NEARLY 150 people in Hampshire have died while waiting for organ transplants in the last decade, it has been revealed.

Figures released by the NHS at the start of Organ Donation Week on Monday coincide with a call for people to tell their families they want to become donors.

Hundreds of life-saving transplants are being missed every year because families don’t know what their relatives wanted.

In Hampshire, there are currently 161 people waiting for transplants.

Overall, 148 people have died on the list over the last ten years.

Anthony Clarkson, assistant director of organ donation said: “It’s a tragedy that people are dying unnecessarily every year in Hampshire waiting for transplants.

“We know that if everyone who supported donation talked about it and agreed to donate, most of those lives would be saved.

“Tell your family you want to save lives. A few words now can make an extraordinary difference.

“It will also make things much easier for your family to make the right decision.”

Across the county, the NHS says there is a particular need for more black and Asian people to talk about donation.

There are 24 black or Asian people from Hampshire still waiting for a transplant.

Patients from those communities make up 29 per cent of the national waiting list but are less likely to agree to donate.

Research also shows that women are 30 per cent more likely to start a conversation about donation than men.

Mr Clarkson added: “Would you accept a life-saving organ? If you would, shouldn’t you be prepared to donate?”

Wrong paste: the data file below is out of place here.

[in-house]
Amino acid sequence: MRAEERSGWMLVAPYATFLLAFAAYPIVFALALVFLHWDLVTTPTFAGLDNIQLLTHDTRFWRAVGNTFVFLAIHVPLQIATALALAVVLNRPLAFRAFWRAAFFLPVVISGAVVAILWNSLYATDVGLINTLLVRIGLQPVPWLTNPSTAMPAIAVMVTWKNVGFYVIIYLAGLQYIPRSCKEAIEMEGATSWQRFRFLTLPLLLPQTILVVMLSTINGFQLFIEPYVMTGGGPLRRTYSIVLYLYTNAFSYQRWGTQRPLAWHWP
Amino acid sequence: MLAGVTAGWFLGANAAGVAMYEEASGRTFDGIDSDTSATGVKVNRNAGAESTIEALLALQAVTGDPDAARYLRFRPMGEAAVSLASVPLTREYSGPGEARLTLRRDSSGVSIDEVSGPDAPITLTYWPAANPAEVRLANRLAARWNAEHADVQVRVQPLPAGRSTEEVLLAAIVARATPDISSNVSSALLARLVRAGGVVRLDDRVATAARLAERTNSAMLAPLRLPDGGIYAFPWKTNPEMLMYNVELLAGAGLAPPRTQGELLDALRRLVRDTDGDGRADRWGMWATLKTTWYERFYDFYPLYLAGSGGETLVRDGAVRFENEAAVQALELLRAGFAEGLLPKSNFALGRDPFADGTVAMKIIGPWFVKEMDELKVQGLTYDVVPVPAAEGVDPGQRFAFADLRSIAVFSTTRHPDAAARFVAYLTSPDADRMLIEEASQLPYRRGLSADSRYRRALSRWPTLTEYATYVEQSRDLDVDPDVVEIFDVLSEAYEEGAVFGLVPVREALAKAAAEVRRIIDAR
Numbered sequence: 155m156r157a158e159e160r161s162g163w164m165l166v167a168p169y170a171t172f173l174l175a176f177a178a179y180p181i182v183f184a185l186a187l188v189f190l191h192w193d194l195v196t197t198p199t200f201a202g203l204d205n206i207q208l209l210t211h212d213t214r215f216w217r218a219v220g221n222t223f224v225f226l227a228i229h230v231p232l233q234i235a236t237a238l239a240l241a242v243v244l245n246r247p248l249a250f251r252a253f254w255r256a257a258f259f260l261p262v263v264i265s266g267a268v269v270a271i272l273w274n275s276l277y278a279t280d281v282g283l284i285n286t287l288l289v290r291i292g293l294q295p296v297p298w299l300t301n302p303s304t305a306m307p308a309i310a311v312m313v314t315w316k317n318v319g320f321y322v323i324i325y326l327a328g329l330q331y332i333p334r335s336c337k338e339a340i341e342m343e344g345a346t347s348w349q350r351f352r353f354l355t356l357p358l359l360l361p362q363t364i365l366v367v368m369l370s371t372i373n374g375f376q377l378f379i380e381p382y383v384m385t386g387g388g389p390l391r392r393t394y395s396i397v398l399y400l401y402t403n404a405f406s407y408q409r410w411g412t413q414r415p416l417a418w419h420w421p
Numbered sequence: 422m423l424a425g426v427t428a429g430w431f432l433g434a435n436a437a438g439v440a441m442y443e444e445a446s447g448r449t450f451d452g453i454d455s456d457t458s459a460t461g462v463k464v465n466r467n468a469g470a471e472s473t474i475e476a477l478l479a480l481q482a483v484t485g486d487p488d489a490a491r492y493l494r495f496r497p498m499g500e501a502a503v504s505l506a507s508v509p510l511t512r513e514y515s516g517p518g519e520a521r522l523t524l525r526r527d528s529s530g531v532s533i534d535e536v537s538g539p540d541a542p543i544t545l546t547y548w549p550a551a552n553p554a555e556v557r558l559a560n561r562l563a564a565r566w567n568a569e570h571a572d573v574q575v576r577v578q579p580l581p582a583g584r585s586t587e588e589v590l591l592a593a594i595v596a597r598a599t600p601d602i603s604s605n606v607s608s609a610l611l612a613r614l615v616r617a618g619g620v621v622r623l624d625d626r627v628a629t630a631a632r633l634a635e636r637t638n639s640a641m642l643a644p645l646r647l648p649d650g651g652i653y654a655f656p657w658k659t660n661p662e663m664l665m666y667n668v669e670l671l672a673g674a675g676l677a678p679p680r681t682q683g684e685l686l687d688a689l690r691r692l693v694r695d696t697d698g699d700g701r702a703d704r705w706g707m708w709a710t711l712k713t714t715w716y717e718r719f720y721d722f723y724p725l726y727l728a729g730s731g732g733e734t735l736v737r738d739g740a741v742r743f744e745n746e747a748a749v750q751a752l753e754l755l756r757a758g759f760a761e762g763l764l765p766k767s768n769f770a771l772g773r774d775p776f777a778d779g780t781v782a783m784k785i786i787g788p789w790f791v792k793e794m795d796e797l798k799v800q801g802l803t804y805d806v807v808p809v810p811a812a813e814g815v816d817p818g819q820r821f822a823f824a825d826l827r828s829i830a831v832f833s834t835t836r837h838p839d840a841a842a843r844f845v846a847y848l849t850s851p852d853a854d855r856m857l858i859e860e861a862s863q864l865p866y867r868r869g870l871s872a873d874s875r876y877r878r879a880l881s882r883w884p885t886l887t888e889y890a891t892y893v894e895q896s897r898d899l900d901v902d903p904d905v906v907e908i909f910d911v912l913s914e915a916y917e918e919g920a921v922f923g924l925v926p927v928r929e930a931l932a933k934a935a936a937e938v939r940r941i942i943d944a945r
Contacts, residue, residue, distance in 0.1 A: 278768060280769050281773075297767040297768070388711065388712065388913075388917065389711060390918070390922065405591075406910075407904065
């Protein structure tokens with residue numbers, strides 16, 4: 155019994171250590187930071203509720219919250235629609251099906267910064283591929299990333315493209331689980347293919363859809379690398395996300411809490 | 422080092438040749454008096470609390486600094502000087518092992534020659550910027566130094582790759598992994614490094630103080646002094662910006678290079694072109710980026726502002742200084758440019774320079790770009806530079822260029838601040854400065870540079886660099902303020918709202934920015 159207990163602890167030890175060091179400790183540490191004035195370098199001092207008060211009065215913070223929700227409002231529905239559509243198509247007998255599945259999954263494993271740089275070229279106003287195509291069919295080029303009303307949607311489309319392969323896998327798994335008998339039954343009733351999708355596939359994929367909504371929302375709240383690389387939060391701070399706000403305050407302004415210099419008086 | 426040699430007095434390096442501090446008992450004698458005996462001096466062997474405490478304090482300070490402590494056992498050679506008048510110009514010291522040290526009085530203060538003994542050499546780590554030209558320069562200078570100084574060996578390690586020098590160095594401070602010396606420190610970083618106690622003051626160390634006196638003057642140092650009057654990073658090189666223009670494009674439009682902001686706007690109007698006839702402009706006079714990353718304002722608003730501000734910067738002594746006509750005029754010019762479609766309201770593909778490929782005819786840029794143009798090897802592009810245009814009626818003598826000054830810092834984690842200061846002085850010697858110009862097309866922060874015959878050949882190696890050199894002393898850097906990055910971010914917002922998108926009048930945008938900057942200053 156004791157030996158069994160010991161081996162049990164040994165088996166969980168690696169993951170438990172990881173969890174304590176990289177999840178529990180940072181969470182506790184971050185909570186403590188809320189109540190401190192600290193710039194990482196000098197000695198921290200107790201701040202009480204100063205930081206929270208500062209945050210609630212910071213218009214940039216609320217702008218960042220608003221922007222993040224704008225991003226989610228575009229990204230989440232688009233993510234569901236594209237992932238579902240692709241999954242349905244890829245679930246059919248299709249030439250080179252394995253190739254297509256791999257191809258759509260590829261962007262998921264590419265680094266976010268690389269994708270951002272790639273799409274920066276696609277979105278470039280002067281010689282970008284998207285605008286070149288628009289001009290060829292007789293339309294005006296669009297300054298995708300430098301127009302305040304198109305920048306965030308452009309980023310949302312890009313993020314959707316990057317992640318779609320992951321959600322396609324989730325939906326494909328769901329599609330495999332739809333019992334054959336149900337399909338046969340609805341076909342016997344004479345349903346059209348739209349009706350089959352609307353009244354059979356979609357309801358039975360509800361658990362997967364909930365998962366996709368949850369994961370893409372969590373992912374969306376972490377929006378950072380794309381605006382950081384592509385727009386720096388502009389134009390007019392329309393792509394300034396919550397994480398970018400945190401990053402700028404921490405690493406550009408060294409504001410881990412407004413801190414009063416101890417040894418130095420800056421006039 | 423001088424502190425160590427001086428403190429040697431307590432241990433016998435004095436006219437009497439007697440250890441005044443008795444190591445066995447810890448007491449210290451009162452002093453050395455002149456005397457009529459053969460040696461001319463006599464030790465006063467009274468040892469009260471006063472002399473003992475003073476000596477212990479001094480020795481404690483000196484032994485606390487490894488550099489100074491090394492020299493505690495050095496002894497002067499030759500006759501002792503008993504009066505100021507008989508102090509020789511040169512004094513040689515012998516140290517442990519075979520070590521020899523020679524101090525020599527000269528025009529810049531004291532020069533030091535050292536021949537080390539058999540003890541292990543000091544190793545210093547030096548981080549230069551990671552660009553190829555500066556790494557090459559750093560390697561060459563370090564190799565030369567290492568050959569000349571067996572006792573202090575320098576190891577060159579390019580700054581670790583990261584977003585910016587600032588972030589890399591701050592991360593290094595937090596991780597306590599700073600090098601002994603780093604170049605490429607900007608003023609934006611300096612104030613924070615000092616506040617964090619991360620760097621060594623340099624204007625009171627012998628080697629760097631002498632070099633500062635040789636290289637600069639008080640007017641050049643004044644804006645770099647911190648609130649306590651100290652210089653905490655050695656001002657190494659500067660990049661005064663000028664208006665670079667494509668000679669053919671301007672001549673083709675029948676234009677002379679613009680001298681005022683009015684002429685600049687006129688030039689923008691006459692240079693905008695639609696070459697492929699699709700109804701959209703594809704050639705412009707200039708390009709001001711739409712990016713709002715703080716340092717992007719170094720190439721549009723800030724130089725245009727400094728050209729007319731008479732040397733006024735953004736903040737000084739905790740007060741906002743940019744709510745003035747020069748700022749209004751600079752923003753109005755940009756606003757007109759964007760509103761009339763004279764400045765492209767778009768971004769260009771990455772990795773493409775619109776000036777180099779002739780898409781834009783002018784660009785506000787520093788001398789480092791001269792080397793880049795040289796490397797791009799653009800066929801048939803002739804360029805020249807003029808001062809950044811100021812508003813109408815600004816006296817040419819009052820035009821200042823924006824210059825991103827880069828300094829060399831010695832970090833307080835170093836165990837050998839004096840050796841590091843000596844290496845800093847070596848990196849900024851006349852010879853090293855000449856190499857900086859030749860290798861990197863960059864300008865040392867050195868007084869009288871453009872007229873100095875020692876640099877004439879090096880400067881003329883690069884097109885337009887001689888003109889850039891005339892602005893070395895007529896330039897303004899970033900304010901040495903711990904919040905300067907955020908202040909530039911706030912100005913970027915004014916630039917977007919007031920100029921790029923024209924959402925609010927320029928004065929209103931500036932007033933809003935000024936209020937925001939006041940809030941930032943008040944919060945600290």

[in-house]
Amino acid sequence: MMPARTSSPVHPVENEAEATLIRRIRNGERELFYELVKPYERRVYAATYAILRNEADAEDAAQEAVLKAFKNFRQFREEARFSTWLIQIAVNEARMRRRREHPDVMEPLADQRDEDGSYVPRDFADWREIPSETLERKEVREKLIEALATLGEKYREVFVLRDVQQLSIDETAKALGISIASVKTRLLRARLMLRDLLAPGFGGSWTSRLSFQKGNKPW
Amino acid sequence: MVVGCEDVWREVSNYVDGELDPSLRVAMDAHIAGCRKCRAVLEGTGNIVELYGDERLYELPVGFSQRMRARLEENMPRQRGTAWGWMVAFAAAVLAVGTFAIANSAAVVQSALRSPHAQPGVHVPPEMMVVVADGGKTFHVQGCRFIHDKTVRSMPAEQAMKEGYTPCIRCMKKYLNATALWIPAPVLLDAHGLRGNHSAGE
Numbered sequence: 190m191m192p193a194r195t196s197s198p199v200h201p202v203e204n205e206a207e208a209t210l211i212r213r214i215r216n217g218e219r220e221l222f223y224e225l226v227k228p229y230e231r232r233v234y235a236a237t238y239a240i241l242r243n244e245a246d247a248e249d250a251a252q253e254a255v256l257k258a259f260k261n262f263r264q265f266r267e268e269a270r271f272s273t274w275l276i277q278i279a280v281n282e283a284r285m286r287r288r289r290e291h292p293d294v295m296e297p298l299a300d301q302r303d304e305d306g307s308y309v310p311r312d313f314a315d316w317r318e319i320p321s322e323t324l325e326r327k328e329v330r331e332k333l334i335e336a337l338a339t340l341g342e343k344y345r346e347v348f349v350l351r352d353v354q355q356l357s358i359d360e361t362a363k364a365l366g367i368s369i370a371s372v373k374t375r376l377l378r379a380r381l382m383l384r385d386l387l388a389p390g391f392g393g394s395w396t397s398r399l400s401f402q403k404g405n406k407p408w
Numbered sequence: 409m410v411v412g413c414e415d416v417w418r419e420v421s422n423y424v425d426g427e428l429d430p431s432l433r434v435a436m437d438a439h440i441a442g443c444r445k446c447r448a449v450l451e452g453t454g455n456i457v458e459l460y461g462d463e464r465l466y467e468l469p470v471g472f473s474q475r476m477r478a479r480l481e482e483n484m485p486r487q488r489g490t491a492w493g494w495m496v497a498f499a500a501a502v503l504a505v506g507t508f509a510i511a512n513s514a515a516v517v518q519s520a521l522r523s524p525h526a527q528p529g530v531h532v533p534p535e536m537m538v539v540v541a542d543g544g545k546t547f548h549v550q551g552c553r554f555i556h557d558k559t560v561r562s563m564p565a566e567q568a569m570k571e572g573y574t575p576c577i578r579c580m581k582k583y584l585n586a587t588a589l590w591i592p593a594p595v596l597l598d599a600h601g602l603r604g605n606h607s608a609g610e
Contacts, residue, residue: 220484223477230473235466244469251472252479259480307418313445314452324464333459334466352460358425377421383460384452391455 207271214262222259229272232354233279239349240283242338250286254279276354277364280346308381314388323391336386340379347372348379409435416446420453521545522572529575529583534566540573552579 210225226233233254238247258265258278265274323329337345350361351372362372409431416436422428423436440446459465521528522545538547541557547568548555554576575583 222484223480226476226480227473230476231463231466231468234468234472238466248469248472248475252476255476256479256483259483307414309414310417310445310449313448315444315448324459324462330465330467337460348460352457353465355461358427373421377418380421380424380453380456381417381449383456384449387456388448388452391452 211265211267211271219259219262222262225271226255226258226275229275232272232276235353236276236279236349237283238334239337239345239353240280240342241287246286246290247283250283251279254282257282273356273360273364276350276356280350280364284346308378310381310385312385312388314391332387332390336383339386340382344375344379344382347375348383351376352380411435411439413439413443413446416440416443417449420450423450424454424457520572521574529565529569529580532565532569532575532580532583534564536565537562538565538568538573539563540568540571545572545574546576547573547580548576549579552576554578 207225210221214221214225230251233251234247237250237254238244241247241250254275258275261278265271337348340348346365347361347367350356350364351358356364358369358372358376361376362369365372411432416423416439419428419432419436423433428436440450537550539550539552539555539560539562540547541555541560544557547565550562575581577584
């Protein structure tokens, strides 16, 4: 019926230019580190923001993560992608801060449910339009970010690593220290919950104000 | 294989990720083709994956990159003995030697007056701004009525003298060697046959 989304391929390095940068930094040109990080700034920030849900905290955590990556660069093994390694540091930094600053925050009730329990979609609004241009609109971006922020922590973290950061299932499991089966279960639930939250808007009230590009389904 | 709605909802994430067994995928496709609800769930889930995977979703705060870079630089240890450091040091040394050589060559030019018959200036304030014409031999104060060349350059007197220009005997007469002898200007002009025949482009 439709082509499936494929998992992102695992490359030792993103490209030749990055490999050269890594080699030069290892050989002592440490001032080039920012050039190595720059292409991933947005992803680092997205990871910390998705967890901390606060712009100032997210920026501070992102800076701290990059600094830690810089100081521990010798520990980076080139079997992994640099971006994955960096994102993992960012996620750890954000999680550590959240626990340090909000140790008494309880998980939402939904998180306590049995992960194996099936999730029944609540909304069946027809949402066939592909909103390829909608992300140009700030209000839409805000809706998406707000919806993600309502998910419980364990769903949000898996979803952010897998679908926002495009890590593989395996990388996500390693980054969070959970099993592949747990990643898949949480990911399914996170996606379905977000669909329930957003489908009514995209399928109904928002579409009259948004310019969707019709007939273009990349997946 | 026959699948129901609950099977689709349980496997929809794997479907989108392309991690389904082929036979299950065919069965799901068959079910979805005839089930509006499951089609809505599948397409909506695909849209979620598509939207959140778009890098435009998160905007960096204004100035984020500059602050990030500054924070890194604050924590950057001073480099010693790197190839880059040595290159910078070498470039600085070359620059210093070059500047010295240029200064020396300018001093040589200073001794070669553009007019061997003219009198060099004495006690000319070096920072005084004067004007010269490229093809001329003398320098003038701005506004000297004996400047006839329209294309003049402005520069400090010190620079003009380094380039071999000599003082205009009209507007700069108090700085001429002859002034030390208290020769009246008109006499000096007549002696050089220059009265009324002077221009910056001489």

Caroline Nokes, MP for Romsey and Southampton North, said: "I was very pleased to be able to support the Kidney Care UK and the NHS Blood and Transplant service at a joint reception in Parliament this week.

"Ever increasing numbers of lives are saved each year by people giving the ultimate gift of life upon their passing and I would encourage all those who are eligible to register to be an organ donor.”

Southampton City MP Royston Smith echoed those sentiments.

He said: “When my father died 18 months ago, staff came up to me shortly afterwards to ask about transplants, and he was a donor.

“I could have said no, and that would have been the end of it, but it wasn’t awkward and they were of course, professional.

“As long as staff in hospitals are talking to relatives and loved ones, then that’s all that they can do and these figures are of interest, but nothing could be done about them.

“I personally am not a fan of the opt-out scheme, as people shouldn’t have to feel guilty about raising their hand and saying no to being a donor.”